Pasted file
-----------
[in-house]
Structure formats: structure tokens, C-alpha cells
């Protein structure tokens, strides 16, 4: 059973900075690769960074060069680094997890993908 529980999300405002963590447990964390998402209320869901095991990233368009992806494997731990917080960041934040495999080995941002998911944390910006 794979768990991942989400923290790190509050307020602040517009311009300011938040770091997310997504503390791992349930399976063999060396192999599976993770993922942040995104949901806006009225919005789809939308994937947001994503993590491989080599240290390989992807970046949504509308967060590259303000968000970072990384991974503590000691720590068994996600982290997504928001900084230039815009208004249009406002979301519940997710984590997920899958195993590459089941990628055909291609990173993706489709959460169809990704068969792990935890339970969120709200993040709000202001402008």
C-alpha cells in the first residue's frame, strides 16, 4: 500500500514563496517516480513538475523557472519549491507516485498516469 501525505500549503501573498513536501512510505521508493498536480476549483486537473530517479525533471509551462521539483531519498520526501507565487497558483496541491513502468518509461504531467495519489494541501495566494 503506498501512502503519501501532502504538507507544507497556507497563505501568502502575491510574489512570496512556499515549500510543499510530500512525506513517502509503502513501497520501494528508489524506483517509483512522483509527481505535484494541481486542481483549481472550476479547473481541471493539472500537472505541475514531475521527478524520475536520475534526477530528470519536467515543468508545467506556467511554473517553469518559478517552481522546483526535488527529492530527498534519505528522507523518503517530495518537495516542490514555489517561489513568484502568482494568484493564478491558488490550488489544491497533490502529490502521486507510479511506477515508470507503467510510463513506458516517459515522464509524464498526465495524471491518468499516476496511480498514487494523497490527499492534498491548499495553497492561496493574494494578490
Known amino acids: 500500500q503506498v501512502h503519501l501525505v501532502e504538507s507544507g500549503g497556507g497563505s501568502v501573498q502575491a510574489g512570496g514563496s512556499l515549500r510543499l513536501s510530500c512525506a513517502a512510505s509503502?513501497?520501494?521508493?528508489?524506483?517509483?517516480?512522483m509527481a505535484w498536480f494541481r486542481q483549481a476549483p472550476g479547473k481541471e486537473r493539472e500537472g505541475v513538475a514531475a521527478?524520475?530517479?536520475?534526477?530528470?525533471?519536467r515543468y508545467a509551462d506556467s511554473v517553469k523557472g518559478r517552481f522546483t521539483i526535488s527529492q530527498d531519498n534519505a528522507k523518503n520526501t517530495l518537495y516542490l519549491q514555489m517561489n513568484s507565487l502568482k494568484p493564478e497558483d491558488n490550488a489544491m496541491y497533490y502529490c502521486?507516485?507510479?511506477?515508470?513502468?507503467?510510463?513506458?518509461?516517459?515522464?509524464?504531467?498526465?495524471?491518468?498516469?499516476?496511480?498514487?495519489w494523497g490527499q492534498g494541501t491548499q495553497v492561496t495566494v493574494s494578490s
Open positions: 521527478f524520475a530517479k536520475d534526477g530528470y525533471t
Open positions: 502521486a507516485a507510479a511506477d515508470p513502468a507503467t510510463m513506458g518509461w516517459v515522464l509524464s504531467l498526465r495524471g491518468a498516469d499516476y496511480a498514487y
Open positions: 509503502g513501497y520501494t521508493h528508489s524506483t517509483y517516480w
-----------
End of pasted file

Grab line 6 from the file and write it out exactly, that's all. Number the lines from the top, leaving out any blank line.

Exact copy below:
Open positions: 521527478f524520475a530517479k536520475d534526477g530528470y525533471t